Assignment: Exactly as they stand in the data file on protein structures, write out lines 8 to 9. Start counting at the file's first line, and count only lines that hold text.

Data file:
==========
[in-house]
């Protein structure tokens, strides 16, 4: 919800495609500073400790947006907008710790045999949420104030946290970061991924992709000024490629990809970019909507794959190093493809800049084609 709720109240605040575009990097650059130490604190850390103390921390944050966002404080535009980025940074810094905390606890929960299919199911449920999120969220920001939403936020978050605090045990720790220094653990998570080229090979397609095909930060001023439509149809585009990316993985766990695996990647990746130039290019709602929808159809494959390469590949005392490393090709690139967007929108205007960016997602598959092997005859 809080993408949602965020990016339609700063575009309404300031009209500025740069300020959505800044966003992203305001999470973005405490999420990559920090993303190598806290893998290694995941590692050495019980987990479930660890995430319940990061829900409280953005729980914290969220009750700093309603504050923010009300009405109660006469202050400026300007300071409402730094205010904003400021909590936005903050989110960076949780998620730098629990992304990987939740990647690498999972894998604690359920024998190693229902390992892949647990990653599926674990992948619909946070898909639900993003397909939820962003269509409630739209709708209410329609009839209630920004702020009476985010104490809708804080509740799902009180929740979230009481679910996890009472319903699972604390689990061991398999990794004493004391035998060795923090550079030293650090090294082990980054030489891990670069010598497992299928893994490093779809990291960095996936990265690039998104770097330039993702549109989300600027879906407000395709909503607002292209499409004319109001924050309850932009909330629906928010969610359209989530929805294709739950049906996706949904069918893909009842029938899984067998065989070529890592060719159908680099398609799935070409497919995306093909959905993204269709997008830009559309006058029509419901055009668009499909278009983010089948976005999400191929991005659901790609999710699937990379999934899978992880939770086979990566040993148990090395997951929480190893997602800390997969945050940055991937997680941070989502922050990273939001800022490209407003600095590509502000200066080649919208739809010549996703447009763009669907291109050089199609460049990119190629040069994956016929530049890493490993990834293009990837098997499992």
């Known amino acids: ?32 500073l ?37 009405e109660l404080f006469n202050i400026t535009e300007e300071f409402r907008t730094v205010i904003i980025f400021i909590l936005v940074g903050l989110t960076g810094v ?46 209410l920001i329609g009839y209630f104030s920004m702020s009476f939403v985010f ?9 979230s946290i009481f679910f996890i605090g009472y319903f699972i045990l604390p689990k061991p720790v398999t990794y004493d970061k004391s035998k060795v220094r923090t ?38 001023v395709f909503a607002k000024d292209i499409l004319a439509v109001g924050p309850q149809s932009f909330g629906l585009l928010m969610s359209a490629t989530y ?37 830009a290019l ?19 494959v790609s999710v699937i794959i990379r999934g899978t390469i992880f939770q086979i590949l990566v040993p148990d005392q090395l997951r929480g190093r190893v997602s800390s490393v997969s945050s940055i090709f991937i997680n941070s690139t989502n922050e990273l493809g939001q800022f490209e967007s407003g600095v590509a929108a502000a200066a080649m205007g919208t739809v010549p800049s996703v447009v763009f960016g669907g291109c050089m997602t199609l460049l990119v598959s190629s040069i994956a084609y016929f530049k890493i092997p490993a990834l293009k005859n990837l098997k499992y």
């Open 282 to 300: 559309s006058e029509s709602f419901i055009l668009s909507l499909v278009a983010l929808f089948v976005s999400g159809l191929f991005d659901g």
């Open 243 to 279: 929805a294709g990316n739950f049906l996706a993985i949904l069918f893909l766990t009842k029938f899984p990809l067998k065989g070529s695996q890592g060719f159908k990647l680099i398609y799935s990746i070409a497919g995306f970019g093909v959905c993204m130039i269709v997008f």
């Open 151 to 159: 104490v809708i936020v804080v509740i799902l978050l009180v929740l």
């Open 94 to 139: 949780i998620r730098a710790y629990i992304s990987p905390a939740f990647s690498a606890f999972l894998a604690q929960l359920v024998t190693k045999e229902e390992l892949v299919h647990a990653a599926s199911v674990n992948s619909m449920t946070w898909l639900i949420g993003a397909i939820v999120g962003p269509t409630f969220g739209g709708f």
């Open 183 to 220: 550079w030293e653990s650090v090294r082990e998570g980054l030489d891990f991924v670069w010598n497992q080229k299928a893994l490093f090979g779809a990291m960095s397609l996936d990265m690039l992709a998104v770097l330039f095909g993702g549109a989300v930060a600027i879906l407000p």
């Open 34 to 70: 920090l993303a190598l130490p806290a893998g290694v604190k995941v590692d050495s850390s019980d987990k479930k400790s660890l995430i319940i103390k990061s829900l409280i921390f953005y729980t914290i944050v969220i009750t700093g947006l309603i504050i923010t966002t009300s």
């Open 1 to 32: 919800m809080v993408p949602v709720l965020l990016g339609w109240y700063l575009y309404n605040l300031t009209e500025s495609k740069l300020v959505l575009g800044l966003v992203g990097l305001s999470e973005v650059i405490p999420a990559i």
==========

């Open 183 to 220: 550079w030293e653990s650090v090294r082990e998570g980054l030489d891990f991924v670069w010598n497992q080229k299928a893994l490093f090979g779809a990291m960095s397609l996936d990265m690039l992709a998104v770097l330039f095909g993702g549109a989300v930060a600027i879906l407000p």
């Open 34 to 70: 920090l993303a190598l130490p806290a893998g290694v604190k995941v590692d050495s850390s019980d987990k479930k400790s660890l995430i319940i103390k990061s829900l409280i921390f953005y729980t914290i944050v969220i009750t700093g947006l309603i504050i923010t966002t009300s």